Conceptual Art has the same "patron saint" as Pop Art: Marcel
Duchamp. It arose during the
out of the Happenings staged by Alan Kaprow (born
in which the event itself became the art.
Conceptual Art challenges our definition of art more radically than Pop,
insisting that the leap of the imagination, not the execution, is art. According to this view, works
of art can be dispensed with altogether, since they are incidental
by-products of the imaginative leap. So too can galleries and, by
extension, even the artist's public. The creative process need only be
documented in some way. Sometimes this is in verbal form, but more often
it is by still photography, video, or cinema displayed within an
Conceptual Art, we will recognize, is akin to Minimalism as a
phenomenon of the
1960s, but instead of abolishing
content, it eliminates aesthetics from art. This deliberately antiart
approach, stemming from Dada,
poses a number of stimulating paradoxes. As soon
as the documentation takes on visible form, it begins to come perilously
close to more traditional forms of art (especially if it is placed in a
gallery where it can be seen by an audience), since it is impossible
fully to divorce the imagination from aesthetic matters.
We see this in One and Three Chain (fig.
Joseph Kosuth (born
1945), which is clearly
indebted to Duchamp's ready-mades (fig.
It "describes" a chair by combining in one
installation an actual chair, a full-scale photograph of that chair, and
a printed dictionary definition of a chair. Whatever the Conceptual artist's intention, this making of the
work of art, no matter how minimal the process, is as essential as it
was for Michelangelo. In the end, all art is the final document of the
creative process, because without execution, no idea can ever be fully
realized. Without such "proof of performance," the Conceptual artist
becomes like the emperor wearing new clothes that no one else can see.
And, in fact, Conceptual Art has embraced all of the mediums in one form
Joseph Kosuth. One and
Three Cham. 1965.
Photograph of chair.
The Museum of Modern Art, New York
Kosuth was born in Toledo, Ohio, and studied fine arts at
the School of Visual Arts in New York City from 1965 to
His art generally strives to explore the
nature of art, focusing on ideas at the fringe of art rather
than on producing art per se. Thus his art is very
self-referential, and a typical tautological statement is
"The 'value' of particular artists after
Duchamp can be weighed according to how much they questioned
the nature of art."
One of his most famous works is One and Three Chairs, a
visual expression of Plato's concept of The Forms. The piece
features a physical chair, a photograph of that chair, and
the text of a dictionary definition of the word "chair". The
photograph is a representation of the actual chair situated
on the floor, in the foreground of the work of art. The
definition, posted on the same wall as the photograph,
delineates in words the concept of what a chair is, in its
various incarnations. In this and other, similar works, Five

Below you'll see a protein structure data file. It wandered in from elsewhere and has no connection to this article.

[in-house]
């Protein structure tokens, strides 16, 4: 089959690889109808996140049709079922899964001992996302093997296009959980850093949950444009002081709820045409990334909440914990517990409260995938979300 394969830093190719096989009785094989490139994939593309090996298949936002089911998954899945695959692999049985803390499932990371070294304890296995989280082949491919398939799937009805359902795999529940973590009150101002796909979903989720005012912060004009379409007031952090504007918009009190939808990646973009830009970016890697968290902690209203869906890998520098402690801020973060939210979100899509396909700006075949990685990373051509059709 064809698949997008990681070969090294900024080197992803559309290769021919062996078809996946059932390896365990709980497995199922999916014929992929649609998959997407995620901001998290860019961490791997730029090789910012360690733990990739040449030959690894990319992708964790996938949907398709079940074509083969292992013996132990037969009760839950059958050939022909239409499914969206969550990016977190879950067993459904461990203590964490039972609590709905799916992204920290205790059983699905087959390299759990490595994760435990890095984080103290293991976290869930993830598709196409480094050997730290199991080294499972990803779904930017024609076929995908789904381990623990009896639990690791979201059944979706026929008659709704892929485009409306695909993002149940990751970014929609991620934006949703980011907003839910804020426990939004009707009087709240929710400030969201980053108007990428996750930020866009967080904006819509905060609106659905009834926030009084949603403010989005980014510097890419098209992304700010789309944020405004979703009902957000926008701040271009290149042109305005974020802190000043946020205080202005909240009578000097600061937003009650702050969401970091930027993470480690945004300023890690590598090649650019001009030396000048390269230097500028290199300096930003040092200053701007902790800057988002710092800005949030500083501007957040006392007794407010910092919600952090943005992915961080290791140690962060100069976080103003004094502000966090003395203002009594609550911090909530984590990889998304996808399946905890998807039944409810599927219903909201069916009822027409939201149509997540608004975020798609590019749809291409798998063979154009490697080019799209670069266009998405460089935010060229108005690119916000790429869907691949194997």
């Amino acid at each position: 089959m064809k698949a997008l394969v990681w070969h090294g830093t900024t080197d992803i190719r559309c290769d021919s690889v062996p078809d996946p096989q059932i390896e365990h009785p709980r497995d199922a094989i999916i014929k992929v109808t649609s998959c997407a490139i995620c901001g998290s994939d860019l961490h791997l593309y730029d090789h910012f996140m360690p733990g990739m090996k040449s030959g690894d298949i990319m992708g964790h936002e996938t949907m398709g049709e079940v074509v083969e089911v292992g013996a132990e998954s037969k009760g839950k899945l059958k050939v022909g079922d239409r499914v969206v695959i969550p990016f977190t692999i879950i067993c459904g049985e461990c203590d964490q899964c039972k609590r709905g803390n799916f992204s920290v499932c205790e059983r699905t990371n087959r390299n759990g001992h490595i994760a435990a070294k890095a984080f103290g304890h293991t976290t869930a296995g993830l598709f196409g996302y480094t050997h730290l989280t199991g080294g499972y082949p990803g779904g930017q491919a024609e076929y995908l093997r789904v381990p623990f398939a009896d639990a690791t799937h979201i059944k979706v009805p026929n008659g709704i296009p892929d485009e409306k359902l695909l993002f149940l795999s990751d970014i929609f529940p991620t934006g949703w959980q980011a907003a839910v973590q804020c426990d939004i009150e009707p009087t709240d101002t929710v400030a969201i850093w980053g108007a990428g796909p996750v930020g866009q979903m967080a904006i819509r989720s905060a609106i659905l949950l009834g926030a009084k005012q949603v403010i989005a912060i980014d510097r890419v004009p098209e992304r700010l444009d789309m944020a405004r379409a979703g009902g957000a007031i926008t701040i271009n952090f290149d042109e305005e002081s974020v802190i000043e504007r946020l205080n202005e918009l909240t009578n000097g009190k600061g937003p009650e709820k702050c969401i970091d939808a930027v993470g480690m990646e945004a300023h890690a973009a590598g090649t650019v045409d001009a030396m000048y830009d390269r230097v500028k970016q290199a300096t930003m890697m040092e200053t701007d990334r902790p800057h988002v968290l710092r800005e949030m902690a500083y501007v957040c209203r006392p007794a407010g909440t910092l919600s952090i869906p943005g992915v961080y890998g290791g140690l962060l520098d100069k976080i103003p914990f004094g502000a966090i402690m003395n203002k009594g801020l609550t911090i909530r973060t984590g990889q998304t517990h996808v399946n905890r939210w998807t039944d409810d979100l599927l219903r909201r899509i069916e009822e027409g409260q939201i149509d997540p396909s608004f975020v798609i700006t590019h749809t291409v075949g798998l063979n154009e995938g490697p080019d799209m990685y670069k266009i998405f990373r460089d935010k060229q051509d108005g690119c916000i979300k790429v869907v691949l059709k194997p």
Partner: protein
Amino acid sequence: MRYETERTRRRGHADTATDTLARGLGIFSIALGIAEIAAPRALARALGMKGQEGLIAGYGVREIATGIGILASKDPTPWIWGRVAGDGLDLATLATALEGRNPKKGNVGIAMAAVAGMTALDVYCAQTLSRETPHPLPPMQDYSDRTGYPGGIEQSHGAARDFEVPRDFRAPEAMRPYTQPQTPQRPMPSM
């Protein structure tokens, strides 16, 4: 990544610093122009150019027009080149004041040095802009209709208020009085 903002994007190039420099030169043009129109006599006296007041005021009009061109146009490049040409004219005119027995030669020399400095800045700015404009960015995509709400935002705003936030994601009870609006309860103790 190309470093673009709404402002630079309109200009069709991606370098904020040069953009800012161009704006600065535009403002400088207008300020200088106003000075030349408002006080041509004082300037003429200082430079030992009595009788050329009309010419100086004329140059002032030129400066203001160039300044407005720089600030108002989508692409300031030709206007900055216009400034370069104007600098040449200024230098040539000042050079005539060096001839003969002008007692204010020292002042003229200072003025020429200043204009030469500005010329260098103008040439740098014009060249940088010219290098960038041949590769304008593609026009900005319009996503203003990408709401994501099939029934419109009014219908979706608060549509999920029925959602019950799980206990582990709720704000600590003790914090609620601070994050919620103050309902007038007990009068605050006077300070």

Words in Blue Neon and Glass One and Three, Kosuth forwards
tautological statements, where the works literally are what
they say they are.
In an addition to his artwork, he has
written several books on the nature of art and artists,
including Artist as Anthropologist. In his essay "Art after
Philosophy" (1969), he argued that art is the continuation
of philosophy, which he saw at an end. He was unable to
define art in so far as such a definition would destroy his
private self referential definition of art. Like the
Situationists, he rejected formalism as an exercise in
aesthetics, with its function to be aesthetic. Formalism, he
said, limits the possibilities for art with minimal creative
effort put forth by the formalist. Further, since concept is
overlooked by the formalist, "Formalist criticism is no more
than an analysis of the physical attributes of particular
objects which happen to exist in a morphological context".
He further argues that the "change from 'appearance' to
'conception' (which begins with Duchamp's first unassisted
readymade) was the beginning of 'modern art' and the
beginning of 'conceptual art'." Kosuth explains that works
of conceptual art are analytic propositions. They are
linguistic in character because they express definitions of
art. This makes them tautological. In this vein is another
of his well-known pieces: In Figeac, Lot, France, on the
"Place des écritures" (writings place) is a giant copy of
the Rosetta stone.
Four Coulors, Four Words
Box, Cube, Empty, Clear, Glass--a Description.
"It was it" No. 4, 1986; phototext by Sigmund Freud from
"Psychopathologie of Everyday Life" with Neon
"Description of the same content twice
It was it"; white neon letters and blue neon-line; size 125 x 267 cm
Titled (Art as Idea as Idea)
Titled (A.A.I.A.I.)' [F.E. Special]#1
Condizioni d'Assenza (Il nome e chi lo
porta, a G.) VI (Venere medici, 9 a. C.)
Frammento nr 11" («Che mai sara?» from "L'Italiana
in Algeri" by G. Rossini)
M.O. (F. O. P.)
Like Dada, Conceptual Art is notable for its ironic humor—whose
bark is admittedly worse than its bite, however. It reached its high